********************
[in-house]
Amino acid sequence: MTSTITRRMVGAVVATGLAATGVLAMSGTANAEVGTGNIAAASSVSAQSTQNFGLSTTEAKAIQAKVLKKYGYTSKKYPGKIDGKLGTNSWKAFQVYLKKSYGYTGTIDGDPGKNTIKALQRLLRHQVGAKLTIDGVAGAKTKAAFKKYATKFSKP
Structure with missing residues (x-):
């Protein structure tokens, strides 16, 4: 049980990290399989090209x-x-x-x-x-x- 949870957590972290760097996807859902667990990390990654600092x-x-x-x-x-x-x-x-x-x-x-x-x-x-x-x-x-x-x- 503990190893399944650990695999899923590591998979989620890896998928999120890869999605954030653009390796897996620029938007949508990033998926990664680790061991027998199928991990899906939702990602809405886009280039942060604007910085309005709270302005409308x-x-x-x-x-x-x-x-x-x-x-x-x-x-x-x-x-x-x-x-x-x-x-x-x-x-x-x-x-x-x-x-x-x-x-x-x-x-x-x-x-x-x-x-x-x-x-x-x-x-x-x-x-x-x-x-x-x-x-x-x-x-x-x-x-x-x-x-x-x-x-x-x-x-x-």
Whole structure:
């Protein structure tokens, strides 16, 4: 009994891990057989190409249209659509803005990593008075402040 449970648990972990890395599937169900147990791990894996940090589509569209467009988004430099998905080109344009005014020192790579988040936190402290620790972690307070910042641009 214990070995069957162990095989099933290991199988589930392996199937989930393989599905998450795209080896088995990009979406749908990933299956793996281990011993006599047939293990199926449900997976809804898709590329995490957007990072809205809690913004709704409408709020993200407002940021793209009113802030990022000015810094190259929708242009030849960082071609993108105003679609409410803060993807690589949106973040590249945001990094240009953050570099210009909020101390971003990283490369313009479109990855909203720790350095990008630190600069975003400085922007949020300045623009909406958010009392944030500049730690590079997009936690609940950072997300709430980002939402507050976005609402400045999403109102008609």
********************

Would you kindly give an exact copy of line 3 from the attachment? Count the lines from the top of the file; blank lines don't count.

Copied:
Structure with missing residues (x-):